Bodhi Tree Concerts Stages Online Encore Of ‘8 Songs For A Mad King’ On Friday
Show swaps out Donald Trump for King George III in avant-garde show
Thursday, October 29, 2020
In 2017 Bodhi Tree Concerts performed "Eight Songs for a Mad King" at the San Diego International Fringe Festival. The Mad King of the title was meant to be George III but in its production he bore a striking resemblance to Donald Trump. Now Bodhi Tree Concerts offers a single, virtual encore performance of the show at 6 p.m., Friday.
"Eight Songs for a Mad King" won Best of Fringe and remains one of my all time favorite Fringe shows. It was a wildly inventive and interactive show that had audience members live Tweeting with Tweets showing up on monitors scattered around the large conference room.
Walter Dumelle, as the Trump-like mad king, threw himself into the role with fittingly insane gusto and frequently climbed up on the long boardroom table to strut in front of the crowd and to even do a strip tease. It was a wildly immersive show that had audiences Tweeting on their phones and on the little bird whistles they had been provided it. It was a memorable production and an inspiring evening of live theater.
But three years later, COVID has changed things. Live theater is on hold but Bodhi Tree is back with a rebooted and reimagined "Eight Songs for a Mad King."
"So we don't have the live Tweeting," Diana DuMelle explained. "But we do have a lot of media going on at all times and monitors behind the mad king."
Dumelle along with her husband, Walter, founded Bodhi Tree Concerts. Walter had been eager to perform as the Mad King for decades.
"'Eight Songs' has been one of those pieces that had been on my music shelf for about the last 25 years," Walter DuMelle said. "I was waiting for the perfect synergistic opportunity to unveil itself and the Fringe Festival was, in fact, that opportunity. Pivoting the mad king from George III to our at that point, recently-elected mad king, seemed like an appropriate fit and the fit is all the more appropriate today."
This rebooted "Eight Songs for a Mad King" has been videotaped with Walter performing to a now empty table. If the Fringe production merely suggested the Mad King was Trump this new production leaves no room for doubt as Walter wears an orange wig and real news footage plays behind him.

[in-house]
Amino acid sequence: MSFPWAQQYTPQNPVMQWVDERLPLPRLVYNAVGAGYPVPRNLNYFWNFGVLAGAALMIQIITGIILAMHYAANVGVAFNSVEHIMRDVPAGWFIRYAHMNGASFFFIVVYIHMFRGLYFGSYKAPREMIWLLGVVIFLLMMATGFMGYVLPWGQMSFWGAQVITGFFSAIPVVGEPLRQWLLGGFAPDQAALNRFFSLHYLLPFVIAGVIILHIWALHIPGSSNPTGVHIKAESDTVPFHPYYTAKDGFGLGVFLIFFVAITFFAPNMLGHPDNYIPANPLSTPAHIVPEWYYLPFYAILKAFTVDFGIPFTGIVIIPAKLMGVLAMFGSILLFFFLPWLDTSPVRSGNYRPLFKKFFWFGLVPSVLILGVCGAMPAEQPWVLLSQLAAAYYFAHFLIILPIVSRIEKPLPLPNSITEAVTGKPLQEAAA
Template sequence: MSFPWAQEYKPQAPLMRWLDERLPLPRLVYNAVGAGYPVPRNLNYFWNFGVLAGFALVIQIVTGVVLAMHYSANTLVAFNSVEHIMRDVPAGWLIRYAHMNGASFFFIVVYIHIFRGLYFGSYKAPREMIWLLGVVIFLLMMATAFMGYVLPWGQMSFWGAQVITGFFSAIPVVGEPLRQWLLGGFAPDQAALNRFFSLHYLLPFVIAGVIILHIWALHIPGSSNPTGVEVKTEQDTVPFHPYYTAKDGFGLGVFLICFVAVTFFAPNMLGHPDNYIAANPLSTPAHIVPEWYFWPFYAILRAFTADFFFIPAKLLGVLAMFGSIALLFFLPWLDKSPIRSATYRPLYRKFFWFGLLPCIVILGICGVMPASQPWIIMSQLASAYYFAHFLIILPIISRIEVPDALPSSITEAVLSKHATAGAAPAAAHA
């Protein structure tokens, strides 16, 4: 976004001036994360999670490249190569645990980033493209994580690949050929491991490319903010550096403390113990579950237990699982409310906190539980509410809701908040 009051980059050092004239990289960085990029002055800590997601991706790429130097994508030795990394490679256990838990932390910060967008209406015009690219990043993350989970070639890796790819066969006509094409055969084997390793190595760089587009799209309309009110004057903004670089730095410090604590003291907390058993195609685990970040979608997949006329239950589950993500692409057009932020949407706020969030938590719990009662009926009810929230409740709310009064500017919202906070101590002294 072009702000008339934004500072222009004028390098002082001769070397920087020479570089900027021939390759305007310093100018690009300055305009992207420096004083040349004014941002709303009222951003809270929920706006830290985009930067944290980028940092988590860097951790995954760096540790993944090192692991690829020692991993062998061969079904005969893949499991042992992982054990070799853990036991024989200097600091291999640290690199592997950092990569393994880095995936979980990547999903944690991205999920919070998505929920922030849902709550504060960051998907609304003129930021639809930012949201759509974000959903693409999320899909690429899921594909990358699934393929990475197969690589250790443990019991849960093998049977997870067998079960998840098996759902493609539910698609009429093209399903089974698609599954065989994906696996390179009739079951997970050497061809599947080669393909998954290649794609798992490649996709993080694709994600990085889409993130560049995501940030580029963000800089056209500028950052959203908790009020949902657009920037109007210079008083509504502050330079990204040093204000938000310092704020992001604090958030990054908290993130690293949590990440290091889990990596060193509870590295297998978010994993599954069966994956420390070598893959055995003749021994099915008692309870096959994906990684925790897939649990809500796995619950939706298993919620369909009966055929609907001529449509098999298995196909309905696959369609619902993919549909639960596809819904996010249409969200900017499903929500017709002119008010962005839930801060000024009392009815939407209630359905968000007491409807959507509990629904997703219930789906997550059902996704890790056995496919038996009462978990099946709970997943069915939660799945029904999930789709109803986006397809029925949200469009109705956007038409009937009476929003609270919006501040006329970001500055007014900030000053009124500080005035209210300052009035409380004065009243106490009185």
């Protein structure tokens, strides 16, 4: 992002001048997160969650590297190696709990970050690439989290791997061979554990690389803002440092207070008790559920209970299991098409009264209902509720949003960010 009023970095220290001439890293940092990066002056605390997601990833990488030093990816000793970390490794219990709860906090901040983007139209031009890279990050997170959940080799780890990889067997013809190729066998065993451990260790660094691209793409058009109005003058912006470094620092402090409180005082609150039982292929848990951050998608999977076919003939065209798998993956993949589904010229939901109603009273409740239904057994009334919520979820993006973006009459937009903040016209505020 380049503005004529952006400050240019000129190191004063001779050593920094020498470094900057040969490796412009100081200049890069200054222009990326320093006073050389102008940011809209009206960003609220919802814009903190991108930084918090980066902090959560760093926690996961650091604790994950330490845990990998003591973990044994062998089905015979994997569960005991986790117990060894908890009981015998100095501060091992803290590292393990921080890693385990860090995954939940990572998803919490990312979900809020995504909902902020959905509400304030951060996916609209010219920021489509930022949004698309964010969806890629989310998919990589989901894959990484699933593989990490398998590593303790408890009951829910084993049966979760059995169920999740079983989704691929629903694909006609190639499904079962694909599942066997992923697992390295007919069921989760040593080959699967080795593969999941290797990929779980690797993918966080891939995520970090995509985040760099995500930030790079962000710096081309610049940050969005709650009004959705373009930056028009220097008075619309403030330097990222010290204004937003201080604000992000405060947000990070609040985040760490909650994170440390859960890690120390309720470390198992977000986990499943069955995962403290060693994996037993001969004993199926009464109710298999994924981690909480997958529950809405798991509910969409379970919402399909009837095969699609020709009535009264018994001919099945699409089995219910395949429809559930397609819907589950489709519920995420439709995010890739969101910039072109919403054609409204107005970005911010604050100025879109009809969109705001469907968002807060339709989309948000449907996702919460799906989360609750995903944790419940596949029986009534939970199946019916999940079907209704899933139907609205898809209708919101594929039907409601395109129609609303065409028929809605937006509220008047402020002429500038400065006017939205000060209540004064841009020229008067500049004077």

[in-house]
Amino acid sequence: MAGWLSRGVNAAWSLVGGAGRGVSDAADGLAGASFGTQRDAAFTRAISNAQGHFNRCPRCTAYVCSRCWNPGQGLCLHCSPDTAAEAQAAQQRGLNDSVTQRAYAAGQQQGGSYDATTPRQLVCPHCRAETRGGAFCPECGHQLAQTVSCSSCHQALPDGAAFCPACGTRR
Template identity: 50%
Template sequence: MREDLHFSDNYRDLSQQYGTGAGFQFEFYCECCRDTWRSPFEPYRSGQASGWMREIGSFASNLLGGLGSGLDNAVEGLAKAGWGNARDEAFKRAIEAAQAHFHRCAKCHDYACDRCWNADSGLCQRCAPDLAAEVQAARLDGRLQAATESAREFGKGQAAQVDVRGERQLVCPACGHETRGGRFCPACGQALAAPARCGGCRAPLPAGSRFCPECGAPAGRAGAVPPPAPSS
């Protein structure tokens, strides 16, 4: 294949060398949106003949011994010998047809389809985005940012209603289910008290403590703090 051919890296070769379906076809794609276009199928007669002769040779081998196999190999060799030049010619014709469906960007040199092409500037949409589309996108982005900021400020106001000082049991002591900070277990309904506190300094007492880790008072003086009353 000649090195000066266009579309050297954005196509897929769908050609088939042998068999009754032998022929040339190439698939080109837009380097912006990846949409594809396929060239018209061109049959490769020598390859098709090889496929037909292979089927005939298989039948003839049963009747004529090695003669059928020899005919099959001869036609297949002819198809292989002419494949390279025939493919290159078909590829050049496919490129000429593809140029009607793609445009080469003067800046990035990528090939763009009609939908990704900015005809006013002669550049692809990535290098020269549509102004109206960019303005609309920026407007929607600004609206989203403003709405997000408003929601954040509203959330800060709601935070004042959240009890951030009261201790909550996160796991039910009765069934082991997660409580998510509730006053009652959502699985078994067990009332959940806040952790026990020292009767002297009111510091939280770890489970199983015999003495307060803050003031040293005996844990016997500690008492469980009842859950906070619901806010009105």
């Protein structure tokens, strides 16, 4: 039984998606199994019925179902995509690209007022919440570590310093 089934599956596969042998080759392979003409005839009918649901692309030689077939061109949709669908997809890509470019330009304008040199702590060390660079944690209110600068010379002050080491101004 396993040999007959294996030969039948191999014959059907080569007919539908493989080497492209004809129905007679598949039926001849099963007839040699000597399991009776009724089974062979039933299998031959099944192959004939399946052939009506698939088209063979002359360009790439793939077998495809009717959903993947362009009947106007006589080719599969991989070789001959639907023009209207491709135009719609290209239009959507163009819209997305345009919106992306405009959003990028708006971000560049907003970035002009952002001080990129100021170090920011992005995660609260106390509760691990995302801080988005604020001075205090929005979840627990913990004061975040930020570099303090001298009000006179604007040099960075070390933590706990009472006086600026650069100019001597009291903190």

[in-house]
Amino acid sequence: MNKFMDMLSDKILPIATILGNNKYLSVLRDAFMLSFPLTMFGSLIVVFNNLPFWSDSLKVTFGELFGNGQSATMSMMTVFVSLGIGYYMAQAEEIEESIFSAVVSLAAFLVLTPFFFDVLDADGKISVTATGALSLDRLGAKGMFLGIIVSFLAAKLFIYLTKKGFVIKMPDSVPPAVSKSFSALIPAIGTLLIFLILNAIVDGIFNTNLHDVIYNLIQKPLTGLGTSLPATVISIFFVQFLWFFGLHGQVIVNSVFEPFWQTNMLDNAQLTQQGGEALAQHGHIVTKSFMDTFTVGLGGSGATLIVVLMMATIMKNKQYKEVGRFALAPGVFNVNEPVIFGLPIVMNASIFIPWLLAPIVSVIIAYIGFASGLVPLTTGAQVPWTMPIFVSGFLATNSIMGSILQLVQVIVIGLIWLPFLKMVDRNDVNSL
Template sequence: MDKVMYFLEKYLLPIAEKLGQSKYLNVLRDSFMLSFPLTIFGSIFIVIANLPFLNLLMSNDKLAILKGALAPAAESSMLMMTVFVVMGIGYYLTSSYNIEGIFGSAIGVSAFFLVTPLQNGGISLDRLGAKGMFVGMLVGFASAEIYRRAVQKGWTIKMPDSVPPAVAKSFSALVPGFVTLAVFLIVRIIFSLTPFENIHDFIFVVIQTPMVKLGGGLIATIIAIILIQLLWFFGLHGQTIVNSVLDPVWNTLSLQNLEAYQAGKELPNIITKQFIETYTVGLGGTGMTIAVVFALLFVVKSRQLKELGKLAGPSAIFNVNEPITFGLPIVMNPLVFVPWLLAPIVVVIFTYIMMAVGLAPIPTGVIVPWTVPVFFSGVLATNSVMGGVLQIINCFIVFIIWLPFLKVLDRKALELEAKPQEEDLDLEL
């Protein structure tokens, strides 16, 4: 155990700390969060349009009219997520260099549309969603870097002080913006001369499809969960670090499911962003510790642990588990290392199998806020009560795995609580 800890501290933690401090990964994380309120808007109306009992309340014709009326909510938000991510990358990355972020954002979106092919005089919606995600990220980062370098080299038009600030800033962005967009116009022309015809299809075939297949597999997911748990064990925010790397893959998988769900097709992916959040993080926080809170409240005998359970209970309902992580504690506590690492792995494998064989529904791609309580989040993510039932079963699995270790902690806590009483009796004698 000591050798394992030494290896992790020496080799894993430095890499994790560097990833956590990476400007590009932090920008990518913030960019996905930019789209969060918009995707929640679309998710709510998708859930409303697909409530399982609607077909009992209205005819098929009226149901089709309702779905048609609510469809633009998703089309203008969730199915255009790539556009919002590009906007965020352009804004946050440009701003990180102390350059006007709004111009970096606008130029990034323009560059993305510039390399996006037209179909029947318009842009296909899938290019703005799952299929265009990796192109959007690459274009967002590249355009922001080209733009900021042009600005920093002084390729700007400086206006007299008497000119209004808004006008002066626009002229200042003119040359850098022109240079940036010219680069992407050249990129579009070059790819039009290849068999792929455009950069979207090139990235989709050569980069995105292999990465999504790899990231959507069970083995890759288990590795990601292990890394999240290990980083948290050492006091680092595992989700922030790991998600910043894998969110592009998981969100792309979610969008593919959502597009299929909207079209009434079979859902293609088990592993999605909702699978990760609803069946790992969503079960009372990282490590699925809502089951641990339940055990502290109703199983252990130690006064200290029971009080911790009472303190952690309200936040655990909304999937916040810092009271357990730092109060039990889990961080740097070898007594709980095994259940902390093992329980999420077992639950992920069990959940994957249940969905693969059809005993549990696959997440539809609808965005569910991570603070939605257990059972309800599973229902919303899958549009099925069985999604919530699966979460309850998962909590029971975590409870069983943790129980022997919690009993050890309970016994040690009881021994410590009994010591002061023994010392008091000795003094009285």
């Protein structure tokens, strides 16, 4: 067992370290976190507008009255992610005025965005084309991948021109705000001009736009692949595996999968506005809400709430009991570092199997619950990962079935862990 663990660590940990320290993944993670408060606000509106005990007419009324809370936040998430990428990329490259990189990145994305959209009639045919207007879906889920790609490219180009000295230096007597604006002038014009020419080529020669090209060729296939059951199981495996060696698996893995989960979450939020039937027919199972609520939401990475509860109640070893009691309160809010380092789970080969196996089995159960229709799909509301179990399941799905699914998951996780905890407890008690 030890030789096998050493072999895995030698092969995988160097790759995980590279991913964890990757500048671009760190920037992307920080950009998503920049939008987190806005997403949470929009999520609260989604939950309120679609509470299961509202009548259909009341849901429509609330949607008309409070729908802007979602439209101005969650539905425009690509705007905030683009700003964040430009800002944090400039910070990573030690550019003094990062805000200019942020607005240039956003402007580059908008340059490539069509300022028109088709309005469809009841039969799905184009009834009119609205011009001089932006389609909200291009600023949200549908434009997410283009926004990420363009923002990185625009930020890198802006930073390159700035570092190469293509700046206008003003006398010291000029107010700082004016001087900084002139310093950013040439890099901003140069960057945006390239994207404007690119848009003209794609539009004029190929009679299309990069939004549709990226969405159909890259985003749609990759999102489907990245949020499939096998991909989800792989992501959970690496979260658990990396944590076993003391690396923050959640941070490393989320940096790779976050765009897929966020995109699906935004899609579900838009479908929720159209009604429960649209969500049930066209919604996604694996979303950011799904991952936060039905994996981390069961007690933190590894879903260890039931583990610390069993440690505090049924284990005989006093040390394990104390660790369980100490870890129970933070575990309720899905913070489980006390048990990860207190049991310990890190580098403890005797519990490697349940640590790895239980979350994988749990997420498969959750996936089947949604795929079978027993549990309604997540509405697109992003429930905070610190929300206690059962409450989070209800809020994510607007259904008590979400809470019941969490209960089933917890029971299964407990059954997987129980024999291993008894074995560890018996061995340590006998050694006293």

With the election just days away Diana just couldn’t resist revisiting the work.
"We have a lot more content. Boy, do we have a lot more material after three years," she said.
"Eight Songs" premiered in 1969. The avant-garde song cycle by Peter Maxwell Davies depicted King George III’s descent into madness. It also tested the sanity and skill of anyone who took on the role. That’s why as a singer Walter had his eye on it.
"It was a vehicle for, at the time, what was very provocative, extended vocal techniques," he explained. "So the singer is truly an actor/singer using his voice in a lot of creative extended ways that would not be normally found on the operatic stage."
Walter screams, speaks gibberish, emits ape-like sounds, and generally pushes his voice to the limit.
"If you were to look at a sheet of the sheet music, you would see more suggestive lines and arrows than you would actually notes to sing," he said. "It doesn't imply necessarily a note to be sung, but something to do with your voice. He has a lot of instructions that say get whiney or sing like an alto. So there is a lot of vocal suggestions that are not defined."
"Mad King" is also a challenge for the musicians.
"It calls for is six instrumentalists with a quite a wider range of percussion instruments, giving it a wide palette of sounds," Walter said.
Sounds that can be dissonant and jarring and Walter has to match that to reflect the character’s descent.
"[I'm] almost screaming and vomiting the madness coming out of this guy," he added.
Maxwell Davies took the real rantings of King George to create his monodrama of a mad monarch.
"in some of the little poems and writings that King George wrote he was believed to have been taught that the birds were talking to him," Walter stated. "So the piece sort of pivots around a lot of tweeting-like sounds that communicate to him."
And of course Tweeting takes on a whole new meaning when you are talking about Trump and social media today. For this production the instrumentalists are essentially "Tweeting" from their own cages.
"Because most of the orchestra represents King George's birds that would talk to him. And so we want to try and put them in cages," explained Diana.
Walter added: "The instrumentalists are in their own cages and they are all individual players in this show. And by being able to focus the video camera on them and their amazing playing, and Diana and I finding a way to organically and intentionally have their playing become part of the storytelling has been really a lot of fun in a way that when we're presenting it for theater, you're limited by how much you can do of that."
Quarantine has prompted a new kind of innovation from Bodhi Tree Concerts but their mission is still the same: to employ local artists, support causes, and engage people through music. This production can be seen as a call to action.
"We're thinking of it as a please get out and vote vehicle," Diana said. "We're just we're just it's art imitating life and we're putting it out there. And we just want people to vote, vote, vote, vote."
Because the DuMelles feel this is the most important election of their lifetime.
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